The key American supporter of IRA dissidents has said that the deadly attacks on British soldiers and a Northern Ireland policeman last week were  inevitable. While the rest of the world reacted angrily and massive demonstrations for peace were held in Ireland, the small cadre of dissident supporters in America stuck to their guns.

John McDonagh, head of the Irish Freedom Committee said that the dissidents who carried out the attacks  “probably couldn’t care less about this peace process, because it means nothing to ending the partition of Ireland.”

McDonagh, a Manhattan cab driver is a former U.S. Army soldier and describes himself as a cabdriver, comic and political activist.

McDonagh, who also hosts a weekly program on WBAI called Radio Free Eireann said  he was a supporter of the political aims of the dissident IRA groups but “if they take it to another level that’s up to them. That has nothing to do with me.”

McDonagh was speaking to a Columbia University journalism school student Luis Andres Henao. He said: “ I sympathize more with the political end of it.”

McDonagh also had strong words for Deputy First Minster Martin McGuinness who has spoken out strongly against the violence and called its perpetrators ‘traitors.”

McGuinness said the perpetrators of these murders had “betrayed the desires and political aspirations of all the people who live on this island and they don’t deserve to be supported by anyone”.

“The message from America has been loud and clear and we know that all Americans stand with us to ensure the success of the peace process,” McGuinness said.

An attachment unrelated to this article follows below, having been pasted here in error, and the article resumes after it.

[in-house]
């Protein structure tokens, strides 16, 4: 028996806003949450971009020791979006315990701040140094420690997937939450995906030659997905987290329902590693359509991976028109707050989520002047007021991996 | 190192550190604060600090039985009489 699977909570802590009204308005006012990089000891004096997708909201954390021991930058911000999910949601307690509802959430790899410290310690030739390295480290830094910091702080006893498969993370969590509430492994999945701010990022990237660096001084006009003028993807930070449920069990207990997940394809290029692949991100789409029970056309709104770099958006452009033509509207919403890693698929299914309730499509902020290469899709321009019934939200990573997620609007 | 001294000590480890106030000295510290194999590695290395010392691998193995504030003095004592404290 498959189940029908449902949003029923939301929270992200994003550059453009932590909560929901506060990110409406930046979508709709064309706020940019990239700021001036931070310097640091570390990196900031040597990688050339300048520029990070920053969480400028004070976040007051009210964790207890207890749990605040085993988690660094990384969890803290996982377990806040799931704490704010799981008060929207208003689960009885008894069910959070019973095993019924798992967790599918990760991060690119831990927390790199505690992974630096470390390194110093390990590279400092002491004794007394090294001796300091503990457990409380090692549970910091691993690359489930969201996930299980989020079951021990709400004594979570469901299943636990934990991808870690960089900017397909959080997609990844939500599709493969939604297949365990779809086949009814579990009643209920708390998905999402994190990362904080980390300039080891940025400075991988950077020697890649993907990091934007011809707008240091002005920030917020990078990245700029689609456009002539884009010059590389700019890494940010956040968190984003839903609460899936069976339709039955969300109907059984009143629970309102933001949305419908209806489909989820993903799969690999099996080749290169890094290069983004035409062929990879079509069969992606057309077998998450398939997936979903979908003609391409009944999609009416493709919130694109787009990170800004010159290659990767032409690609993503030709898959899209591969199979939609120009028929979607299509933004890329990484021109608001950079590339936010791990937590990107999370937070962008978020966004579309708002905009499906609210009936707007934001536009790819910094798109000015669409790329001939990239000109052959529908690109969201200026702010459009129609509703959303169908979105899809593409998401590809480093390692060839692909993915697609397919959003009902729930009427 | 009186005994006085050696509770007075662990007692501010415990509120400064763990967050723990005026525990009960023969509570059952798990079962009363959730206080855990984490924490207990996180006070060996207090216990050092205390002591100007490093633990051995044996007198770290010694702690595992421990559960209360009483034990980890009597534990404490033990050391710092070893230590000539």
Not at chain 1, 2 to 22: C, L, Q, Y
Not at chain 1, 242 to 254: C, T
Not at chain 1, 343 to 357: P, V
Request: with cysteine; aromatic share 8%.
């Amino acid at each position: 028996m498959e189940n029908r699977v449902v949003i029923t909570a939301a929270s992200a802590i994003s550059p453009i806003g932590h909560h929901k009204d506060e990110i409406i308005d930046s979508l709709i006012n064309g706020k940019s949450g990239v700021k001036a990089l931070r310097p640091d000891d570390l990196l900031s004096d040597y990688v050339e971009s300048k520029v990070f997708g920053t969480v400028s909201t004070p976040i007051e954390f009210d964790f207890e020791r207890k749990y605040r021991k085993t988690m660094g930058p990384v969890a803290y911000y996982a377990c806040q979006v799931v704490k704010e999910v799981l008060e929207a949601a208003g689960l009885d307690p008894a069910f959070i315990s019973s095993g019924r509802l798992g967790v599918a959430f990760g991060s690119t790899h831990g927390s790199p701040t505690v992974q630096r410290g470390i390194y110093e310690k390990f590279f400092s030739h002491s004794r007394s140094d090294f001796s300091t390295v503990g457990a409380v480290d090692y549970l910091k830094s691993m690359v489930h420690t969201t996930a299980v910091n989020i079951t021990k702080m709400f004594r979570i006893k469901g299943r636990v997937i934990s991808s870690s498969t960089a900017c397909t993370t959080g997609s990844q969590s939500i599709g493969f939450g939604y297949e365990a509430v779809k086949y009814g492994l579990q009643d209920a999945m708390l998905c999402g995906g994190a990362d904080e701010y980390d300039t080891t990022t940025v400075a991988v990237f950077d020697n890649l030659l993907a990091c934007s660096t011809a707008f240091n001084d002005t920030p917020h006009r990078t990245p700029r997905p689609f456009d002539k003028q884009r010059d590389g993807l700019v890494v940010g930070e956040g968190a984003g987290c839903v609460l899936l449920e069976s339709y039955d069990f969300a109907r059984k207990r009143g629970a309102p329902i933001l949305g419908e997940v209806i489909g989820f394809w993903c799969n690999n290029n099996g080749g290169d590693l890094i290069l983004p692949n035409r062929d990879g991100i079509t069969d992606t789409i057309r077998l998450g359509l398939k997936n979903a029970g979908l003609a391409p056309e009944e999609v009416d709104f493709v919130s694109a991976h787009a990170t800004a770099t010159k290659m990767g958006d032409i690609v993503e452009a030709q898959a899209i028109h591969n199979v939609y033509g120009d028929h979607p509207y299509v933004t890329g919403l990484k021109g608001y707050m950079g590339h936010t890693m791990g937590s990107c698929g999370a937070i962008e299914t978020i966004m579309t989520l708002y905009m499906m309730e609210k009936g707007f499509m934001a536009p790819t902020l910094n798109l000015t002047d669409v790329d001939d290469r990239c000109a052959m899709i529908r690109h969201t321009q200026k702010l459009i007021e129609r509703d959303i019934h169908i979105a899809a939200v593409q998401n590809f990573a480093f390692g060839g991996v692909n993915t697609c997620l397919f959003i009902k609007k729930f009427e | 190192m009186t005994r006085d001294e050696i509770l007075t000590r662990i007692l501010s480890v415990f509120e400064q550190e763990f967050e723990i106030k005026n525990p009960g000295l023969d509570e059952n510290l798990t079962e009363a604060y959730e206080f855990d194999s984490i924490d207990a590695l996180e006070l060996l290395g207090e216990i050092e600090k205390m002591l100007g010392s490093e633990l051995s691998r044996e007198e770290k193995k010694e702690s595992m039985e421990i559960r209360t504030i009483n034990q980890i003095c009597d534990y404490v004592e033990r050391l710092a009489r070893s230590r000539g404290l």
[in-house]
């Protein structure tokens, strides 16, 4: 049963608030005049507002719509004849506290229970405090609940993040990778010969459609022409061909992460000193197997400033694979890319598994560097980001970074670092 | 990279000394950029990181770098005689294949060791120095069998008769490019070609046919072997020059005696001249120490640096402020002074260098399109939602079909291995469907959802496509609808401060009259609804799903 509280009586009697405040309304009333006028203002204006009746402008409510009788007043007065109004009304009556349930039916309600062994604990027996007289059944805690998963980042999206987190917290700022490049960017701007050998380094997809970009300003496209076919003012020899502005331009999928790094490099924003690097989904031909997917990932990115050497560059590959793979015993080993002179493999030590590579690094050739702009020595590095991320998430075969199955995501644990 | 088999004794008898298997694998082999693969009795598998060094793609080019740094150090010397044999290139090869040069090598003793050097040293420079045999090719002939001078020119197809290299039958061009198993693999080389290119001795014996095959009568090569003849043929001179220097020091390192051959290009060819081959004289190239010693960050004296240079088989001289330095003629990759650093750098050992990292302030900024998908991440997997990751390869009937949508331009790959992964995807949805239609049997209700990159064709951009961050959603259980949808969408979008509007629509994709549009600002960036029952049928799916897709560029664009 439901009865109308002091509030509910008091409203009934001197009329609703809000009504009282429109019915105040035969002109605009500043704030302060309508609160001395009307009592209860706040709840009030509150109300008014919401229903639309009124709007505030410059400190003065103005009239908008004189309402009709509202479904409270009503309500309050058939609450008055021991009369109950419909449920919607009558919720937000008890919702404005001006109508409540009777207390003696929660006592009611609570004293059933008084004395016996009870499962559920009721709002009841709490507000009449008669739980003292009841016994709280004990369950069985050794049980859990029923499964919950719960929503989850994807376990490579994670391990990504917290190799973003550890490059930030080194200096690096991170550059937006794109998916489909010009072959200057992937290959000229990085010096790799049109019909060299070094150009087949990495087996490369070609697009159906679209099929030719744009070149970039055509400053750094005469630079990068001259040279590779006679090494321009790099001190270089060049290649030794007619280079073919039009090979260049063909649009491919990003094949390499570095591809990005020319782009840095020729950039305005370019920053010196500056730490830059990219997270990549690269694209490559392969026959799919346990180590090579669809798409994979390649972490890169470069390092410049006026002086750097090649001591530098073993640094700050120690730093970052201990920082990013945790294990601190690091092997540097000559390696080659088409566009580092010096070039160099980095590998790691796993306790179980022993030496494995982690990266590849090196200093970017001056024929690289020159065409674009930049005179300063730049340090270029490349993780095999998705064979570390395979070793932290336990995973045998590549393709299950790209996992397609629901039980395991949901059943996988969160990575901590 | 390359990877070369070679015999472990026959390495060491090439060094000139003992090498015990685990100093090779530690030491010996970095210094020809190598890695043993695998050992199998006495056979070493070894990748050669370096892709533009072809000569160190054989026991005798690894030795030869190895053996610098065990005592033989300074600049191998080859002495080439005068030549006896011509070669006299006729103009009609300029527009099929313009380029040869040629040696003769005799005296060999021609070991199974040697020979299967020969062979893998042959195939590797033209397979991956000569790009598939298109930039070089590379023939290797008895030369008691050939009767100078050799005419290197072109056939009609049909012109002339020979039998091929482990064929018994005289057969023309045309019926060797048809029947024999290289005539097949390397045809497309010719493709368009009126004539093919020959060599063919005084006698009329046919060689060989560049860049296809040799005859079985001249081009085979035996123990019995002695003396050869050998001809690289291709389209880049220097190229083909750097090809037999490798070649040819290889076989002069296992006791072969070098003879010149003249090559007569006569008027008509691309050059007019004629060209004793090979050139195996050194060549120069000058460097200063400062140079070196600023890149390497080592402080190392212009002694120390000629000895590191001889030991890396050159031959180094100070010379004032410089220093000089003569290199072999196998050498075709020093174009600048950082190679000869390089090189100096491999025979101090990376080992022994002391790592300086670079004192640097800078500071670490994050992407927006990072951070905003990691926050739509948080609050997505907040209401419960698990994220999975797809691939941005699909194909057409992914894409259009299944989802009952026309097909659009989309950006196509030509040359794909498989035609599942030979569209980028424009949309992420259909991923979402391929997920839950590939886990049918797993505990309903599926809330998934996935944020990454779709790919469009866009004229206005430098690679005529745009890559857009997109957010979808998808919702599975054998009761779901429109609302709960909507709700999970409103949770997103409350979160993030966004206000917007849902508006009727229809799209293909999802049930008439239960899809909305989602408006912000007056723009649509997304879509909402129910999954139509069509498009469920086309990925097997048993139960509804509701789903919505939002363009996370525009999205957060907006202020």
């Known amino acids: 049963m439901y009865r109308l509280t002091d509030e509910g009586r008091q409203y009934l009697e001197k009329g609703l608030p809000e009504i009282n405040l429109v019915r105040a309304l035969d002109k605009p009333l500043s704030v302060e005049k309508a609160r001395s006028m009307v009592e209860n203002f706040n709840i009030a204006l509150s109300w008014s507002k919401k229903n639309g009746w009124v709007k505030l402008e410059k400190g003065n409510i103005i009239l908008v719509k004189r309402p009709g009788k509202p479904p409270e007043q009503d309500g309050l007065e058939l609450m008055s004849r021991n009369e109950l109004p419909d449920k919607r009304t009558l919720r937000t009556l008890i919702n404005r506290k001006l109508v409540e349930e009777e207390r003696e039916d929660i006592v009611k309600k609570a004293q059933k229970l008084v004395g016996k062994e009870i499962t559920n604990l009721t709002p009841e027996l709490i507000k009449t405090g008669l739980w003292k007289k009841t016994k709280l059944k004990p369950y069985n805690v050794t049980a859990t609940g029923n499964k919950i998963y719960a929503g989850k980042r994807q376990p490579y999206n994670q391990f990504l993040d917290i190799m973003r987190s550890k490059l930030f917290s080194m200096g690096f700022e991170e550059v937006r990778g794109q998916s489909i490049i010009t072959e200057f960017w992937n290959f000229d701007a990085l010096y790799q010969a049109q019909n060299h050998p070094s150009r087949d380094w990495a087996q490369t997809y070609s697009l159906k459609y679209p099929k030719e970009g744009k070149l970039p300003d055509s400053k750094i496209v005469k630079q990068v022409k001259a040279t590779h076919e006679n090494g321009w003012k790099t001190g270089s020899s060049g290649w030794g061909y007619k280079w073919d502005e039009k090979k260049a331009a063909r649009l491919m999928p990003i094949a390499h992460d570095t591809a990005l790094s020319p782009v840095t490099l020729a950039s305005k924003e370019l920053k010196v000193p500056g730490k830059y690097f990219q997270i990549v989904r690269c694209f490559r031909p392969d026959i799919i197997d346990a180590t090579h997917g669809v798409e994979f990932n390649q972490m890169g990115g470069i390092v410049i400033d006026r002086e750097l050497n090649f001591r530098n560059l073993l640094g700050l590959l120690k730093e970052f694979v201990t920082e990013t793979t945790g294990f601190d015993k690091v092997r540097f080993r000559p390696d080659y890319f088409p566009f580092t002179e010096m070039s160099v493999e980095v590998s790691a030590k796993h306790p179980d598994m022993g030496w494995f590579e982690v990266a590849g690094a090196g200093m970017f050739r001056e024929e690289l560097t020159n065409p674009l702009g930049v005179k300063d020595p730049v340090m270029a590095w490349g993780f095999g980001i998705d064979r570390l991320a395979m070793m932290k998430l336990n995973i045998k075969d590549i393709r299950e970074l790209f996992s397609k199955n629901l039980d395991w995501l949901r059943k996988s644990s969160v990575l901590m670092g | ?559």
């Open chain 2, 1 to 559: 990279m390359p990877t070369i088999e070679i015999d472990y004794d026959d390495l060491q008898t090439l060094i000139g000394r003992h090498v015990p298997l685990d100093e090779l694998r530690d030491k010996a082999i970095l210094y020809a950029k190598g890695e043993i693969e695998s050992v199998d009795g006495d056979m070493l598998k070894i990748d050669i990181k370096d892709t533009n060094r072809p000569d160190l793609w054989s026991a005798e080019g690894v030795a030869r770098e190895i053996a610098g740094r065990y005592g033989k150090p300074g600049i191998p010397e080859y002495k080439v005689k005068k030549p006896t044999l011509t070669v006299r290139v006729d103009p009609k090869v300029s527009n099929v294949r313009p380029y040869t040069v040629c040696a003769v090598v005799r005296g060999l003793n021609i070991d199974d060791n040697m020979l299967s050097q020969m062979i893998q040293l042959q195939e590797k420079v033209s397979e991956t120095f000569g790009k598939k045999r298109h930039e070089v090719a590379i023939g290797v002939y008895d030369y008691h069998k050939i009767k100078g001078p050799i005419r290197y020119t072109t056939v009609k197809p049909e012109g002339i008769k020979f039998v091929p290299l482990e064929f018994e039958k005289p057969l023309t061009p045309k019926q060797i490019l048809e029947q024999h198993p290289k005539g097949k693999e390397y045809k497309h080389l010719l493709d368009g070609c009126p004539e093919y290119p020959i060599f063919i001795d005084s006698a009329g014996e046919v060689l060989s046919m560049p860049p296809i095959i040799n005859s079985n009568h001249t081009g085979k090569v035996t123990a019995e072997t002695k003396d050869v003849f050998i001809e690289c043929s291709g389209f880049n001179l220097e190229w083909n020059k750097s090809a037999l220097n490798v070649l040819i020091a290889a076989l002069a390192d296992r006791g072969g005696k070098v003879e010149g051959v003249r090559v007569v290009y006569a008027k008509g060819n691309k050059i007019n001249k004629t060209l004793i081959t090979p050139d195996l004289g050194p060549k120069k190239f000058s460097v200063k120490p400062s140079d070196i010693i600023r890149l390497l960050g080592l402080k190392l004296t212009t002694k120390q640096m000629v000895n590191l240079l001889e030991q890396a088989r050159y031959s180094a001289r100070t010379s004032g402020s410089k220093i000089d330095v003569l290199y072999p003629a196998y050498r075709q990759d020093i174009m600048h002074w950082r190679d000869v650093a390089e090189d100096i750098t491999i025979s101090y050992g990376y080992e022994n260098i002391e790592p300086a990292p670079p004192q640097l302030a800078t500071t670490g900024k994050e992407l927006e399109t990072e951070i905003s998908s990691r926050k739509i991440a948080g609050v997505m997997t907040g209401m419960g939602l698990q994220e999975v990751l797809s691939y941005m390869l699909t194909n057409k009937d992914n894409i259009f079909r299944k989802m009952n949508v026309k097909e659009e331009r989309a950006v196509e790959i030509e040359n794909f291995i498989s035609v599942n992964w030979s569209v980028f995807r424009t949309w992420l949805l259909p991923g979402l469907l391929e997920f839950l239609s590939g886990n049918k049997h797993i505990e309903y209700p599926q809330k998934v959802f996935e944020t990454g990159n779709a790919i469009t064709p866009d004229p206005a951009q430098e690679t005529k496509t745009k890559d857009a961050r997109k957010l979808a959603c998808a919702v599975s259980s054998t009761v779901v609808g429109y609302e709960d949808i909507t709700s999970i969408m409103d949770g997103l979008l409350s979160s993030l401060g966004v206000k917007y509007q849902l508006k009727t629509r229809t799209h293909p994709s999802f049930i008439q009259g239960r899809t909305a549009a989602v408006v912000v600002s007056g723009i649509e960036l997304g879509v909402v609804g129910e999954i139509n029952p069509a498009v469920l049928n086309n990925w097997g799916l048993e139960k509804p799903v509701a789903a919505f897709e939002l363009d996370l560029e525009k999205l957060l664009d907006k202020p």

McGuinness and his Unionist counterpart, Peter Robinson the First Minister, will meet with President Obama in Washington on St.Patrick’s Day

He also asked to the nationalist community to help the police services north and south to defeat the insurgents who he called "traitors."

“There is a duty on me to lead from the front,” he said.

McDonagh however, disagreed strongly with the McGuinness statements. “He is a British Minster of State, he is paid by the British Government, when he retires the British Government will pay his pension, as a minister that served the British crown for a job well done, so Martin McGuiness, how he can make that statement when he’s the actual one propping up the six county state,” he said.

McDonagh said it was necessary to take a long-term view about the roots of the conflict. “You have to look at it from a historical point of view, like people saying ‘the guys who did this were against the peace process’. No, I say the guys who did this were probably against the Treaty that was signed in 1920 that partitioned the country, because they’re fighting to end the partition."

McDonagh claimed that his organization will hold a fundraising event in Manhattan shortly and that proceeds will go to families of dissidents who have been jailed.

He said that his organization's task was to “highlight what’s going on in Ireland, highlight how Provisional Sinn Fein has sold out the Republican movement and raise money for the families for the people that go to jail. I mean there’s over 100 political prisoners both sides of the border and the money goes to help support those families, and now with these shootings I’ve no doubt that there’ll be more arrests and people stitched up.”

McDonagh claimed his organization would continue despite the huge public outcry against the killings. “This is an ongoing process, and it doesn’t begin and end because Gerry Adams and Martin McGuinness signed a piece of paper on behalf of the British stating that they will not resist British in Ireland anymore, and they think because they signed the piece of that everyone else should not resist.”

However, McGuinness said the overwhelming number of Americans supported the process. “I think people over here recognize that there is overwhelming support across every community for what we are doing. These people are trying to destroy the peace process and they have no prospect of success. “

In a bizarre twist McDonagh’s radio program was highlighted as a sponsor on the Mets big screen at a recent summer baseball game.